Sunday, 5 March 2017

19 quotes for people who love books from Books for Living: A Reader's Guide to Life by Will Schwalbe

Will Schwalbe's Books for Living: a Reader's Guide to Life was published earlier this year, five years
after The End of Your Life Book ClubBack in January, I wrote about how Books for Living had
helped me to slow down, make time for the important stuff, and ask others more often, "What are you reading?"

Since writing my review, I've been pondering the book and asking some questions about my own reading habits. First and foremost, why am I not reading as much fiction these days? 

To start addressing this, I recently read – and absolutely loved – Elephant Moon by John Sweeney and The North Water by Ian McGuire. Both books reminded me of how much I enjoy (and need) regular doses of fiction.

Reading fiction is how I wind down, escape from work and worries, and become a better me. The business and self-improvement books I can sometimes gravitate towards don't cut it.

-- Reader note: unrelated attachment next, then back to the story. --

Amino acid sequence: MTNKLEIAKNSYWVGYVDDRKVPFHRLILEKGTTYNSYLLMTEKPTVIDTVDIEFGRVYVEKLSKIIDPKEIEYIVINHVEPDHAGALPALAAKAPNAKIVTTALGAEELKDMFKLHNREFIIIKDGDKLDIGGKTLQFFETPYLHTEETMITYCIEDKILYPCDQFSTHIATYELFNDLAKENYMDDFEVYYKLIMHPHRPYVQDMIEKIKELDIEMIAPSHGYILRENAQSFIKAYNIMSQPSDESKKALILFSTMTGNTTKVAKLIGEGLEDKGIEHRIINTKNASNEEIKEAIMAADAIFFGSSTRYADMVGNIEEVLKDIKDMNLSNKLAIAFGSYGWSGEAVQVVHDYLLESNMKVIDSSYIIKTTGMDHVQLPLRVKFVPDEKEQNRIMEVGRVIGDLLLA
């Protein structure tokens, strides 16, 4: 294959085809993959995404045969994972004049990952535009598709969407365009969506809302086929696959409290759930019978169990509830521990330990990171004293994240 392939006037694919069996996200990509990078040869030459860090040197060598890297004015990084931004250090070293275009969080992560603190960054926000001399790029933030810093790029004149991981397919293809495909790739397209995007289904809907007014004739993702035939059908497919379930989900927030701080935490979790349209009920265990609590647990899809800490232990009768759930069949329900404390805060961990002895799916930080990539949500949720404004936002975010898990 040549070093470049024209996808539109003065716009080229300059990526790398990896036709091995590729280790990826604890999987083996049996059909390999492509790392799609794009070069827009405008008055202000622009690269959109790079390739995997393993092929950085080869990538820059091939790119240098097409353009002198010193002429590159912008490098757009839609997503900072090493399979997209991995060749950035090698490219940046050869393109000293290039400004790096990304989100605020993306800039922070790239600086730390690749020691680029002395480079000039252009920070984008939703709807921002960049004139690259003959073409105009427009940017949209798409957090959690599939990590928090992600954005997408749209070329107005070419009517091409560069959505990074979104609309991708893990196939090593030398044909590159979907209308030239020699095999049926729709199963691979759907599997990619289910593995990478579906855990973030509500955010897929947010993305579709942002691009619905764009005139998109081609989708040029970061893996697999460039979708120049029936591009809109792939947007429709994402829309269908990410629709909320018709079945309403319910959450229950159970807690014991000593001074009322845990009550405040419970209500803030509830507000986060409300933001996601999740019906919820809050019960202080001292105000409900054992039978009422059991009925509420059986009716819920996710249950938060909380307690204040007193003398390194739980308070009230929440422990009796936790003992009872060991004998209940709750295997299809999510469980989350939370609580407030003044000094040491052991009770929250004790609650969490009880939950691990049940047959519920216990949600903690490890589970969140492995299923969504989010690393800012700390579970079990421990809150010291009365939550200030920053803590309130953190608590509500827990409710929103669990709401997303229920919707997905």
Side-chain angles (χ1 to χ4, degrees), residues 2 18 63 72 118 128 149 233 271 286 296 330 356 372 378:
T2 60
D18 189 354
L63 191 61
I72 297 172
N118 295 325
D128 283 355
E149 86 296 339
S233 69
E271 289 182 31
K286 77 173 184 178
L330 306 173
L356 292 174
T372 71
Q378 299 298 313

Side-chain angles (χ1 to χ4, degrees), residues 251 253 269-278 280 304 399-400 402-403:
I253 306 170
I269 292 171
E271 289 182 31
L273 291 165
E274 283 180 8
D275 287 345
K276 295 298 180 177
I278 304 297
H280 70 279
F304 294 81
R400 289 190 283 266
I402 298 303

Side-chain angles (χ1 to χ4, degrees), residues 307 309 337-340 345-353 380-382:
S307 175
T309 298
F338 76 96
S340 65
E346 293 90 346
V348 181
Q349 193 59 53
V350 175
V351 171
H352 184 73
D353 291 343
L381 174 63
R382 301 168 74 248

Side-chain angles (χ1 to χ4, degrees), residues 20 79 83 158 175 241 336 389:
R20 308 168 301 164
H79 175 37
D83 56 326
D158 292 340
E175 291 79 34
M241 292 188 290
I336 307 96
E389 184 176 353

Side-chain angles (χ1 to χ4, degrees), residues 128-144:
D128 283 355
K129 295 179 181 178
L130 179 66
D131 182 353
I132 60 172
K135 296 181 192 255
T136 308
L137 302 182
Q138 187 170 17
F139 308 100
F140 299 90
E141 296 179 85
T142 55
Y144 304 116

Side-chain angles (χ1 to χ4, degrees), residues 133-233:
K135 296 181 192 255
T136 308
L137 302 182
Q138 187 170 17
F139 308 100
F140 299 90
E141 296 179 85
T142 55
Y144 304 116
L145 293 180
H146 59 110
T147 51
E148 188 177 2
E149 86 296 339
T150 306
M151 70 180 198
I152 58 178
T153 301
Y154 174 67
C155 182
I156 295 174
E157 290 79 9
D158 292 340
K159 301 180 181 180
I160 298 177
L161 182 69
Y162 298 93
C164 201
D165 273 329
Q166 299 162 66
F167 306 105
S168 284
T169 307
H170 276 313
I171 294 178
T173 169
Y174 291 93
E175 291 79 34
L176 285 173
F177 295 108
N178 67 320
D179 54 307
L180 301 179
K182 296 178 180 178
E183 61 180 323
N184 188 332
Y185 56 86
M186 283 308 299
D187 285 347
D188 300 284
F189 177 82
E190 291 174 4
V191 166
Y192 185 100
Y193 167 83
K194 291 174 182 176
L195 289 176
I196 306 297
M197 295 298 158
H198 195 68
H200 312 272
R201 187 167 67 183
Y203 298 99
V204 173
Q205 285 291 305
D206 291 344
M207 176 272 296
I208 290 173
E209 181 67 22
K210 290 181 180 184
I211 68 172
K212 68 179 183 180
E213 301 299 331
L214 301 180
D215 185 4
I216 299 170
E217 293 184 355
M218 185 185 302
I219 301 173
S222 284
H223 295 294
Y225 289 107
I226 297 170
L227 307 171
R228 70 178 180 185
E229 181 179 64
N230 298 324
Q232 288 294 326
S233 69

To help keep this in mind, I've compiled some of the many quotes I highlighted, underlined, and applauded in Will Schwalbe's Books for Living. I hope that other keen readers will enjoy these too.


- - - - -



1. On looking to books for answers




2. On being a librarian, bookseller and reader




3. Reading makes us feel less alone




4. Talking about books is the greatest gift




5. Searching for books to help us make sense of the world




6. On accidentally discovering books that change your life




7. One question we should ask more often




8. Don't ignore book recommendations from the universe




9. The best part of interrupting a book with a nap




10. Let others nap




11. Books improve us without us trying




12. Books and people are bound together




13. Every book changes your life




14. The love of reading is greatest when we don't know we're reading




15. Reading is an art




16. Books don't need to be thick enough to stop bullets




17. Reading brings with it responsibility




18. On beautiful endings




19. Reading widely is a way to become more fully human – and more humane



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